• 1. Koen Brams and Dirk Pültau,"I was too curious to hand everything over to the artists". Interview with Jef Cornelis on his film for television, Sonsbeek buiten de perken, 1971, and other films on major art events, first published in Jong Holland, jaargang 22, nummer 3, 2006. See : http://archived.janvaneyck.nl/0_3_3_research_info/cornelis_interview5.html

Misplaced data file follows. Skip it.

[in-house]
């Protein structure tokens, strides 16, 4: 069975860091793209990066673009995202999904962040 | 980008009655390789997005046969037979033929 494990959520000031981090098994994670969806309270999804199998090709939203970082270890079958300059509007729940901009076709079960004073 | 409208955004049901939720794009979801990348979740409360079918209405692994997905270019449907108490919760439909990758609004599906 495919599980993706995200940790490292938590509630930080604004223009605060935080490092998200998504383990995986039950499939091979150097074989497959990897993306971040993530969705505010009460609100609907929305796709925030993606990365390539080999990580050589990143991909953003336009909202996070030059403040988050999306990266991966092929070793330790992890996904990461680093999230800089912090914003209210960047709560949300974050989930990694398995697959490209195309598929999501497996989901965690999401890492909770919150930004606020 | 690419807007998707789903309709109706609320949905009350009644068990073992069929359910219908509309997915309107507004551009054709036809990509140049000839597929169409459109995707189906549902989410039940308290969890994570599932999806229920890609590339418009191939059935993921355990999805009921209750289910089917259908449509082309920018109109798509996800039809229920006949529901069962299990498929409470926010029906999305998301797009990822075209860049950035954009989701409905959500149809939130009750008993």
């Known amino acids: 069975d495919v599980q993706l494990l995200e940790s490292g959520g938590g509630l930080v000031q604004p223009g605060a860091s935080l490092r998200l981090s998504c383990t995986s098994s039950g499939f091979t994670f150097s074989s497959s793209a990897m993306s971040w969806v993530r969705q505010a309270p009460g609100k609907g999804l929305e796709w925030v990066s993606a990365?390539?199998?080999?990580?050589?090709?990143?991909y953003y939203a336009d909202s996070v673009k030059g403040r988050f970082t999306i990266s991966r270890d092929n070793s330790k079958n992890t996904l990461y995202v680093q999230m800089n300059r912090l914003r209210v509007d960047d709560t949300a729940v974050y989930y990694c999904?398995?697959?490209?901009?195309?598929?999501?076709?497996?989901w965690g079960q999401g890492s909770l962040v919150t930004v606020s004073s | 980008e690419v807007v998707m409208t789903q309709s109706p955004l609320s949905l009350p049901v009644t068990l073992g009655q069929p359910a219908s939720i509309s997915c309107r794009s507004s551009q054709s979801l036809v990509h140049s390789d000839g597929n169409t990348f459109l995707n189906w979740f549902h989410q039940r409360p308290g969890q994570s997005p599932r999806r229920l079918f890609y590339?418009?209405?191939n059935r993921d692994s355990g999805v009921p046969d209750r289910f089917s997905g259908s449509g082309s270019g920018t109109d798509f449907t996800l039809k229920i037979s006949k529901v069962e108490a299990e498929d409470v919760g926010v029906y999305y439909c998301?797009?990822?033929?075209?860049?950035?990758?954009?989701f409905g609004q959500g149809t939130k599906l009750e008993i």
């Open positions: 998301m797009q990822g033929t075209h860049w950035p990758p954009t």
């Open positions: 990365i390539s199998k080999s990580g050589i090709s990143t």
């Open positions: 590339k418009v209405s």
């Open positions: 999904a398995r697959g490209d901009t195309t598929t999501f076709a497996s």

• 2. VCR (or Video Cassette Recording) is a format for recording video on ½ inch magnetic tape, developed by Philips in 1972.
  • 3. For more information see: http://www.packed.be
  • 4. Since February 2010, CEST stands for 'Cultureel ErfgoedStandaarden Toolbox' (Cultural Heritage Standards Toolbox), a project with the purpose of helping Flemish cultural heritage institutions select the right standards for the creation, management and dissemination of digital collections. For more information, visit: https://www.projectcest.be/.
logo vlaamse overheid